Palm Oil Gains to One-Week High as China Shows Signs of Recovery
Palm oil advanced for a second day to the highest level in almost one week after China, the world’s largest consumer of cooking oils, showed signs of recovery as industrial production and retail sales accelerated in September.
The contract for January delivery jumped 1 percent to 2,496 ringgit ($822) a metric ton on the Malaysia Derivatives Exchange in Kuala Lumpur, the highest price at close since Oct. 12. Futures have plunged 21 percent this year as stockpiles increased and a slowdown curbed demand from Europe and China.
Industrial production, retail sales and fixed-asset investment expanded at a faster rate, reducing the urgency for added stimulus. Gross domestic product grew 7.4 percent in the third quarter from a year earlier, matching the median estimate in a Bloomberg News survey of 43 economists. The Communist Party begins a once-a-decade leadership transition next month.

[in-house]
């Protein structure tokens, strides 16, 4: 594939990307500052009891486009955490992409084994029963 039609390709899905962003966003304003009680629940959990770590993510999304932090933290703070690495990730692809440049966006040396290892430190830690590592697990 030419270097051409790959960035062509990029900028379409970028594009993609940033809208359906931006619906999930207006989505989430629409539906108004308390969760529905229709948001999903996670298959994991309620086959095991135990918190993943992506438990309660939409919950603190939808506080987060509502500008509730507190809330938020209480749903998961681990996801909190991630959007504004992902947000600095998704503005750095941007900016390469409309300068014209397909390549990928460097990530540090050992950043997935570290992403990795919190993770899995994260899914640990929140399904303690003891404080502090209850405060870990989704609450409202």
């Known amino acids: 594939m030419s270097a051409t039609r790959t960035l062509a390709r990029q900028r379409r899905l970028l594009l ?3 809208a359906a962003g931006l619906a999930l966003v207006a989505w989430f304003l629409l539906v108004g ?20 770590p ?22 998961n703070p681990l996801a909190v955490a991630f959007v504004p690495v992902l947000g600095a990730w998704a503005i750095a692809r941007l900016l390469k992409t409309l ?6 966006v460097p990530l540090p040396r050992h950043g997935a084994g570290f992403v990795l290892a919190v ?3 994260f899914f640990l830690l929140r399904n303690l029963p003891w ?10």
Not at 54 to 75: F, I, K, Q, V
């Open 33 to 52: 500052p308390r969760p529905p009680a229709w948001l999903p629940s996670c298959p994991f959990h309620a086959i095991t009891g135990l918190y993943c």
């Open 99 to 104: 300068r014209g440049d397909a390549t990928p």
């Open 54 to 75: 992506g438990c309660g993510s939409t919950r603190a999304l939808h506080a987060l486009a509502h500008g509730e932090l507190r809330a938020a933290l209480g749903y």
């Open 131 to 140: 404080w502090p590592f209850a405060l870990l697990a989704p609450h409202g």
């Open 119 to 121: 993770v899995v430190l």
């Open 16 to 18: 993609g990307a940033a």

“Everybody’s waiting for the handover of power to see whether they’ll come up with a new stimulus package to boost the economy,” Carey Wong, an analyst at OCBC Investment Research Pte., said by phone from Singapore. “That potentially could have a spillover effect on consumption and nowadays palm oil is used more and more in processed food.”
Soybean oil for December delivery advanced 0.9 percent to 51.51 cents a pound on the Chicago Board of Trade. Soybeans for November delivery increased 1.3 percent to $15.2875 a bushel.
Palm oil for January delivery gained 1 percent to end at 6,950 yuan ($1,112) a ton on the Dalian Commodity Exchange. Soybean oil for delivery in May climbed 0.7 percent to close at 9,250 yuan a ton.
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